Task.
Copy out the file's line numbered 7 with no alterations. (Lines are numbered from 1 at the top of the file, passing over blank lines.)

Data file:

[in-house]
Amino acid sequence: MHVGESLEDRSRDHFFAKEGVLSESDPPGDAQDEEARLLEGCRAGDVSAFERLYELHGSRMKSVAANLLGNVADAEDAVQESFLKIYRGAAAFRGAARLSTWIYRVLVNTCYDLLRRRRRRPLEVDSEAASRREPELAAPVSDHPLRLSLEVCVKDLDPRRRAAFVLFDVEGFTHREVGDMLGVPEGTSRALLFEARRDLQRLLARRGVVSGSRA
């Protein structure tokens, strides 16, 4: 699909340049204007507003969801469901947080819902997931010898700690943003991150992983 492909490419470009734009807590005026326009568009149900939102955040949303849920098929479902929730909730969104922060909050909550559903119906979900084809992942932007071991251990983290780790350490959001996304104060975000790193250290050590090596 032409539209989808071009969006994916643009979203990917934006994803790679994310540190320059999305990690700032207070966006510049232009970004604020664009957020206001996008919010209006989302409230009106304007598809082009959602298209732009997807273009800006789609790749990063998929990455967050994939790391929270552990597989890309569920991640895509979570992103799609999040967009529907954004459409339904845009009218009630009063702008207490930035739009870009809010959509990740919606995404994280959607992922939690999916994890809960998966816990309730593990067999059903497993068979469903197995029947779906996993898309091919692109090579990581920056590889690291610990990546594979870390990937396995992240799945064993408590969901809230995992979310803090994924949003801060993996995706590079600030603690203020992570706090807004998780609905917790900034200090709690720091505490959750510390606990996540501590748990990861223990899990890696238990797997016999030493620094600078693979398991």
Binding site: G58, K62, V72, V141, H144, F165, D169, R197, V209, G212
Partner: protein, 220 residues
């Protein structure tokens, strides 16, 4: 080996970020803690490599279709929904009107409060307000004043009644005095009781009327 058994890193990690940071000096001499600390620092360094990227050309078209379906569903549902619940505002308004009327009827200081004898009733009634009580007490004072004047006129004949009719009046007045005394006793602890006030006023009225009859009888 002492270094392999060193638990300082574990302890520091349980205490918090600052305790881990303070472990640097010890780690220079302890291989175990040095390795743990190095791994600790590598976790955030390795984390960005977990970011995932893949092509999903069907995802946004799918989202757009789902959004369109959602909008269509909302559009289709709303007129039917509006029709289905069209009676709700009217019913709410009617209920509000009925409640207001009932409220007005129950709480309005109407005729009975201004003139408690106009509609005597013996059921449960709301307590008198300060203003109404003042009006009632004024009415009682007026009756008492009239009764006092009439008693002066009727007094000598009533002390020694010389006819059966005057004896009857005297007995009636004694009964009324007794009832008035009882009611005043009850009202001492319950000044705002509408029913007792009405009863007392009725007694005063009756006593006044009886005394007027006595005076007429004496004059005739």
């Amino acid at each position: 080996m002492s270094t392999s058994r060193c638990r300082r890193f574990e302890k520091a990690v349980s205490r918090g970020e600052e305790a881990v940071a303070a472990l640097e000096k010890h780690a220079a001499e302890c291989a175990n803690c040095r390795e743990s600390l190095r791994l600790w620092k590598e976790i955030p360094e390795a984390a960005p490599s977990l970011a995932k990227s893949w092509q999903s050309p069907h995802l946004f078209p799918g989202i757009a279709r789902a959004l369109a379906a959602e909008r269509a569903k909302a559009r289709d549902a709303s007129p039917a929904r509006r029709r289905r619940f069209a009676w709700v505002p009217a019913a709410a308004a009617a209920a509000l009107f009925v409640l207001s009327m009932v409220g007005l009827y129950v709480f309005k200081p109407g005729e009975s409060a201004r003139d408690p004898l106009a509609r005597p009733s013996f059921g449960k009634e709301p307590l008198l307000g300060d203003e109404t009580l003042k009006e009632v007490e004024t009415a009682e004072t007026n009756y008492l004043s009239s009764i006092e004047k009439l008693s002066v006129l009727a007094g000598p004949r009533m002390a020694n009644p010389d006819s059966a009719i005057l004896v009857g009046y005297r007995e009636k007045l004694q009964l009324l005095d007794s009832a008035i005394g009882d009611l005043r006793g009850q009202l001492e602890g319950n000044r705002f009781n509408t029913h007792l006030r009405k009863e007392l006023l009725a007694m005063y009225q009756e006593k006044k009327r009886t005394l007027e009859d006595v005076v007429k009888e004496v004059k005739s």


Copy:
């Amino acid at each position: 080996m002492s270094t392999s058994r060193c638990r300082r890193f574990e302890k520091a990690v349980s205490r918090g970020e600052e305790a881990v940071a303070a472990l640097e000096k010890h780690a220079a001499e302890c291989a175990n803690c040095r390795e743990s600390l190095r791994l600790w620092k590598e976790i955030p360094e390795a984390a960005p490599s977990l970011a995932k990227s893949w092509q999903s050309p069907h995802l946004f078209p799918g989202i757009a279709r789902a959004l369109a379906a959602e909008r269509a569903k909302a559009r289709d549902a709303s007129p039917a929904r509006r029709r289905r619940f069209a009676w709700v505002p009217a019913a709410a308004a009617a209920a509000l009107f009925v409640l207001s009327m009932v409220g007005l009827y129950v709480f309005k200081p109407g005729e009975s409060a201004r003139d408690p004898l106009a509609r005597p009733s013996f059921g449960k009634e709301p307590l008198l307000g300060d203003e109404t009580l003042k009006e009632v007490e004024t009415a009682e004072t007026n009756y008492l004043s009239s009764i006092e004047k009439l008693s002066v006129l009727a007094g000598p004949r009533m002390a020694n009644p010389d006819s059966a009719i005057l004896v009857g009046y005297r007995e009636k007045l004694q009964l009324l005095d007794s009832a008035i005394g009882d009611l005043r006793g009850q009202l001492e602890g319950n000044r705002f009781n509408t029913h007792l006030r009405k009863e007392l006023l009725a007694m005063y009225q009756e006593k006044k009327r009886t005394l007027e009859d006595v005076v007429k009888e004496v004059k005739s």